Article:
The Coastal Sound Youth Choir placed first in the National Music Festival earlier this month and although it’s a huge accomplishment don’t expect these young singers to gloat about it. It’s just not their style.
“We don’t really put an emphasis on competition at all,” said 19-year-old choir member Kaitlyn Salonga, of Maple Ridge. “We’re in it for the experience.”
“One of our main focuses is to really connect with our audience on an emotional level,” added fellow choir member Lacey Polack, 18, who’s also from Maple Ridge. “We want to make the audience feel how we feel about a song, whether it’s happy, sad, about love or humour.”
The Coastal Sound Youth Choir is part of the Coastal Sound Music Academy, a non-profit society based in Coquitlam. The academy, which began 22 years ago, offers choral music programs to people of all ages and promotes kindness and connection through vocal performing. They also provide singing workshops, vocal coaching, childhood music education and music theory training.
The academy’s youth choir consists of 65 members who’re aged 14 to 22 and although it was the group’s first year entering the festival, they placed first regardless and beat out all other community youth choirs from across Canada.
The competition required choirs to send in unedited recordings that were submitted to their respective provincial music festivals and those provincial winners had their recordings forwarded on to The National Music Festival, an event sponsored by the Federation of Canadian Music Festivals.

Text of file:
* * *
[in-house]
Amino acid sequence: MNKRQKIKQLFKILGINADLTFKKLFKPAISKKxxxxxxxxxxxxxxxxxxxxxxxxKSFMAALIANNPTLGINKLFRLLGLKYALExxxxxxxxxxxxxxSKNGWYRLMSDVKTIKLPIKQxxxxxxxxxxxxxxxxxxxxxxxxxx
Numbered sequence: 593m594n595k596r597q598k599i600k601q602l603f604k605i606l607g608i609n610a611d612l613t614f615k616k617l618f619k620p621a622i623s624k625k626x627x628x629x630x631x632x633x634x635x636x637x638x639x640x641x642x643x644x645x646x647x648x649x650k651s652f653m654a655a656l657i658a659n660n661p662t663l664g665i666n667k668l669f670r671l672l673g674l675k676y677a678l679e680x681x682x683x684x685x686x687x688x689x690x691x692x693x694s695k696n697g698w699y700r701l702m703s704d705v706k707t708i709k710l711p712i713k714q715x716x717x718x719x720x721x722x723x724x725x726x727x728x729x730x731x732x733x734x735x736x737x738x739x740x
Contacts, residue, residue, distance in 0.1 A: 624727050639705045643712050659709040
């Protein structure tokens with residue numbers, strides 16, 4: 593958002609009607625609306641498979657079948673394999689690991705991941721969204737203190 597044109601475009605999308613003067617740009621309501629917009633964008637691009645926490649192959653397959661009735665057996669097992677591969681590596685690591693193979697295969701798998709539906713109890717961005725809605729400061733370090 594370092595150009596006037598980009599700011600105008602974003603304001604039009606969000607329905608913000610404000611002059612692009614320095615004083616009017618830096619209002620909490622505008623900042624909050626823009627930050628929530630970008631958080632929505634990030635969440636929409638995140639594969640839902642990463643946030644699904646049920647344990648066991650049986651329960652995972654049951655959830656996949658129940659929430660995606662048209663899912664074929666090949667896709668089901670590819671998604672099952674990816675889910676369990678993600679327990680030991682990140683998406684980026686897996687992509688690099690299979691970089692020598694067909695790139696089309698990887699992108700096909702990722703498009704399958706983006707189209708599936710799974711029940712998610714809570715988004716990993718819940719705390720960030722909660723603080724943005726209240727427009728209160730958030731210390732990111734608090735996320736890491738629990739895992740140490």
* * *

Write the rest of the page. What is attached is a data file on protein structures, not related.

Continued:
A panel of choral experts then judged the entries to determine the best youth choir in the country.
The winning entry sent in by Coastal Sound featured performances of Rheinberger’s Abendlied and a piece dedicated to the Mothers of Brazil called Salve Regina by Lars Jansson and arranged by Gunnar Eriksson.
The choir was awarded their top prize on Aug. 13 in Antigonish, NS at the festival’s grand award concert. Although the group couldn’t be there, Annette Coffin director of one of the youth choirs at Coastal Sound was on hand to accept the award.
“I’m super proud of all the work they’ve done this year. We had a year with a bunch of new singers and the group just came together and worked really hard,” choir director Carrie Tennant said. “The focus of the academy is to build relationships and give these young people the experience of being artists at whatever level they’re at.”
“We really don’t try to emphasize competition as part of Coastal Sound.”
In fact, Tennant was adamant about keeping the recording a secret from her students because she didn’t want to make the kids nervous.
“I really don’t like to emphasize competition at all. I didn’t want to make a big deal out of it,” Tennant said. “I basically recorded it and didn’t tell them why. I said it was for educational purposes. But, we had a great time and laughed a lot.”
Although the program aims to help young people perfect singing and performing, Coastal Sound is also a home away from home for many students.
“It’s like my second family. Every Thursday, I have 64 other people there for me,” Polack said. “It’s a real privilege to be directed by Carrie.”
“She lets so much of the creativity come from us too, it’s not just her,” Salonga added. “We all love it there. It’s so cool. Just the amount of creativity. We love that and live for that.”
Tennant echos those sentiments, “I’m more proud of the fact these kids have found a place they feel safe to be the artists they want to be and feel they have a second family to come to.”
“That makes me more proud that winning a competition.”
From left to right: Lacey Polack, Kaitlyn Salonga, Mirelle Wild and Lee Clark are members of the Coastal Sound Youth Choir.